3 cellulosic producers eye 2014 start dates

Source: Amanda Peterka, E&E reporter • Posted: Thursday, May 1, 2014

Three big companies that have placed bets on turning agricultural waste into transportation fuel say they’re on track to open production facilities this year.

Abengoa Bioenergy, POET-DSM Advanced Biofuels and DuPont have invested millions of dollars in facilities that would convert post-harvest corn debris into cellulosic ethanol. The first to come online will likely be Abengoa’s biorefinery in Kansas, capable of producing 25 million gallons of cellulosic ethanol a year, company representatives say.”I’m pretty confident 2014 is going to be a banner year for cellulosic ethanol,” said Christopher Standlee, Abengoa’s executive vice president of global affairs, at a Washington, D.C., event yesterday.

There’s a saying about cellulosic ethanol being always five years away. The industry wants to change that in 2014.

The 2007 renewable fuel standard, which required refiners to use both conventional ethanol and advanced biofuel, prompted the push for cellulosic ethanol, but the industry has failed to meet the standard’s lofty targets.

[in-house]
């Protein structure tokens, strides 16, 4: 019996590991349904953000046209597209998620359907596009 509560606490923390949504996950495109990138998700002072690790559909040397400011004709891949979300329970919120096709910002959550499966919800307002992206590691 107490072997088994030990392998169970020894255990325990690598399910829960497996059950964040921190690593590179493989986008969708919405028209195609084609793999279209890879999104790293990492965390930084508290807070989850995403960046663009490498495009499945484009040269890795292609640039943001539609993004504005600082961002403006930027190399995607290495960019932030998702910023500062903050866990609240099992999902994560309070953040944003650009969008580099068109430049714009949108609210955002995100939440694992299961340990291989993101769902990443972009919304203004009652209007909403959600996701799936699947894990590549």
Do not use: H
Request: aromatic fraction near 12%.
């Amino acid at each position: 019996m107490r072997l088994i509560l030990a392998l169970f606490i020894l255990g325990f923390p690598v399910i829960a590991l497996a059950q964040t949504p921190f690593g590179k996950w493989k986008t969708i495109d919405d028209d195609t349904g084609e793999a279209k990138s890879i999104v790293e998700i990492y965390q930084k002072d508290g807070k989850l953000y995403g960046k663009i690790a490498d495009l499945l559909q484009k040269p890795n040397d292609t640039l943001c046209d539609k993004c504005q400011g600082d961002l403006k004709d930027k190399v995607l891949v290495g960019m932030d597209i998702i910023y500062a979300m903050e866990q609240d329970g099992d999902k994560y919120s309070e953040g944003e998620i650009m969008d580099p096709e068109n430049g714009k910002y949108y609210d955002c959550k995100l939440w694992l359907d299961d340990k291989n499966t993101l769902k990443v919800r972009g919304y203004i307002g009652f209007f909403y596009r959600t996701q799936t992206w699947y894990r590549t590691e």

Abengoa plans to open its facility near the end of May or beginning of June, according to Standlee. POET-DSM, a joint venture spearheaded by the largest U.S. ethanol producer, will likely follow in the end of June with its own 25-million-gallon plant in Iowa, said Doug Berven, the company’s vice president of corporate affairs.

DuPont has not given an expected start but will start making fuel by the end of the year at a 30-million-gallon facility, also in Iowa, said Aaron Whitesel, Dupont’s senior manager of government affairs.

All three companies plan to license their technology once their first plants are completed.

Quad County Corn Processors, a small ethanol producer in Iowa, is also planning to produce cellulosic fuel in the coming months from corn kernel fiber, a part of the corn plant that is left over after conventional ethanol production. Quad County has developed a bolt-on technology that can be added to existing ethanol plants.

But while company representatives say they are optimistic this year, they all raised doubts about their ability to expand cellulosic ethanol production in the United States.

The companies say that U.S. EPA’s November proposal to lower the 2014 biofuel blending requirements for the first time since the RFS was put into place has dampened enthusiasm among investors and shareholders (E&ENews PM, Nov. 15, 2013).

“Our confidence level is high that we can make this work,” Berven said. “The one thing that will stifle that is if there isn’t a market for our product.”

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